HUD Sec. Marcia Fudge to protect LGBT rights in federal housing

Wed. March 10, 2021 6:51 PM by Gerald Farinas

The U.S. Senate confirmed Marcia Fudge to become the next Secretary of Housing and Urban Development. A bipartisan vote of 66-34 makes her only the second Black woman to lead the department.

The first was Patricia Roberts Harris under President Jimmy Carter.

Fudge's identity as a Black woman and former chairwoman of the Congressional Black Caucus helps the Biden Administration underline its priority of protecting civil rights in housing and urban planning for Blacks and Brown people, and other minorities like the LGBT community.

As congresswoman from Ohio since 2008, Fudge voted last month to pass the latest iteration of the Equality Act—a sweeping civil rights law that would finally give LGBT persons federal protections when it comes to renting an apartment, buying a house, applying for credit or mortgage, purchasing insurance, among other things in the realm of HUD to protect.

“I just voted for the Equality Act to prohibit discrimination against LGBTQ Americans,” she said on Feb. 25. “Every person deserves to be treated with dignity and respect, regardless of who they are or whom they love.”

Fudge was previously criticized for not supporting a 2018 iteration of the Equality Act, arguing at the time that she opposed lashing it together with the existing Civil Rights Act of 1964.

Current Affairs magazine political watcher Vanessa Bee opposed Fudge's nomination.

She wrote, “Fudge's initial hesitation toward the Equality Act is discomforting and her explanation unsatisfying. After all, it is not uncommon for the discrimination on the basis of sexual orientation or gender identity to overlap with categories of discrimination already covered by the existing Civil Rights Act.”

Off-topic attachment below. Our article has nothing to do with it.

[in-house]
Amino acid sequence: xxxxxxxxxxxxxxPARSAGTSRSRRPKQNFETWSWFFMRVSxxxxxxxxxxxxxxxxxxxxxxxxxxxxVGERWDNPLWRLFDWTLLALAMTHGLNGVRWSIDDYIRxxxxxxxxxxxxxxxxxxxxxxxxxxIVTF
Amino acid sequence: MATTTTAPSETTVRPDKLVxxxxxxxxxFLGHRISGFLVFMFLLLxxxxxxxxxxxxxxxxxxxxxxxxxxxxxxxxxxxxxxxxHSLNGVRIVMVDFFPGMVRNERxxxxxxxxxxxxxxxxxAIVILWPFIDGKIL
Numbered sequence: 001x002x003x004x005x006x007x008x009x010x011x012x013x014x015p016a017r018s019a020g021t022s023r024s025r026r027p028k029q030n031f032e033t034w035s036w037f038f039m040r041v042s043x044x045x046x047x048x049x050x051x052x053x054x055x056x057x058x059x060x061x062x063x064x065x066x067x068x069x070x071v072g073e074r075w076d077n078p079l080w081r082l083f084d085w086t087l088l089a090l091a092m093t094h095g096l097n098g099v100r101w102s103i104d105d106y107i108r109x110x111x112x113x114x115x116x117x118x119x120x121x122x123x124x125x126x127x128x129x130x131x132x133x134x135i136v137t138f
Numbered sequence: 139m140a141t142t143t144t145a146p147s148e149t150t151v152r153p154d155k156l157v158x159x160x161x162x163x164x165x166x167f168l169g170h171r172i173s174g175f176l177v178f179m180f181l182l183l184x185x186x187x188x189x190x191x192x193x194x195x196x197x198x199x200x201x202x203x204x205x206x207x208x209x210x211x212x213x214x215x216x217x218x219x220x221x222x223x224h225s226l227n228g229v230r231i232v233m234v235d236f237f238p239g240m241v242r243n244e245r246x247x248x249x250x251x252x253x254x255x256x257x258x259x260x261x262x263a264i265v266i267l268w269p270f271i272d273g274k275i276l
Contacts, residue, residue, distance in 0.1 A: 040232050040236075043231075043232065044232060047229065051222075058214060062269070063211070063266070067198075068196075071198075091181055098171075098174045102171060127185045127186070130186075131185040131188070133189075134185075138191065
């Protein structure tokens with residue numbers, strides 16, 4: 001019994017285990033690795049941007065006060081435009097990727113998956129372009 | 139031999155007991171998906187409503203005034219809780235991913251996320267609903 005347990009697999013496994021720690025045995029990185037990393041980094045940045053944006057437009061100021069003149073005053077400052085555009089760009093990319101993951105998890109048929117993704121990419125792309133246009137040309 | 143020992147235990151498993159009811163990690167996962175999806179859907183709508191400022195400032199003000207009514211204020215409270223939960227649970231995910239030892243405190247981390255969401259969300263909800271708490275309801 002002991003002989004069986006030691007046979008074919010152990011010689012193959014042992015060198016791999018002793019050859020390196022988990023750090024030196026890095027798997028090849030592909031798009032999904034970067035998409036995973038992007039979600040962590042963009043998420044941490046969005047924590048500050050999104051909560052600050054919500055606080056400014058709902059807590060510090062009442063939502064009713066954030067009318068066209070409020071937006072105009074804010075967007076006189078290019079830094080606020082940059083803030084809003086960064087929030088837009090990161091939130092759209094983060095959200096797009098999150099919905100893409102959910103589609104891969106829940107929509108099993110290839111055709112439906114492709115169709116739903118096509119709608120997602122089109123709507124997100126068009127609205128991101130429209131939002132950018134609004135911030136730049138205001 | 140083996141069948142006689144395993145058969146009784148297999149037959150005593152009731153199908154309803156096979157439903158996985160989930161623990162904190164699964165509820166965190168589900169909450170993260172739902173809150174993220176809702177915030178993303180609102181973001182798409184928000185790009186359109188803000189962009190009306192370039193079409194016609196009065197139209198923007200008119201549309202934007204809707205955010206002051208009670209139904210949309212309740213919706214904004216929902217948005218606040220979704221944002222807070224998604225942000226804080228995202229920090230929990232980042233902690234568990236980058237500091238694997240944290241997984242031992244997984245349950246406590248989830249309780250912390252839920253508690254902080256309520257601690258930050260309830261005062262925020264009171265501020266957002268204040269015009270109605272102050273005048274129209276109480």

While her opposition was considered hostile to the LGBT community, her LGBT supporters argued she was doing it to keep Senate Republicans in charge from using the opportunity to made additions to the Civil Rights Act of 1964 that would rollback Black civil rights.

HUD saw major rollback of civil rights protections under the Trump Administration and former Sec. Ben Carson. The former neurosurgeon-turned-bureaucrat has been portrayed by activists as someone who openly disparaged LGBT people and even proposed rules that would make it legal to turn them away from shelters and other public accommodations provided by faith-based organizations.

She said at the time of her opposition, “The president of the United States is a racist, in my opinion. If we open the Civil Rights Act, it's like opening up Pandora's box.”

Fudge and her supporters argued that Republicans would force compromises with Democrats on the Equality Act back then, that would give Christian institutions a pass based on religious liberty in the Civil Rights Act.

Biden is tasking Fudge to uphold his policy of protecting Black and Brown people, and LGBT persons, from discrimination in all areas in her sphere of influence as HUD secretary. She would also be responsible for rooting out policies that maintain systemic racism.

While Republicans are sounding the warning bells with Fudge at the helm, she does have the support of Republicans like Ohio Sen. Rob Portman.

“I don't always agree with Marcia on policy, she doesn't always agree with me,” Portman said during Fudge's confirmation hearing. “But I can speak to her integrity, her commitment to justice and strength of her character.”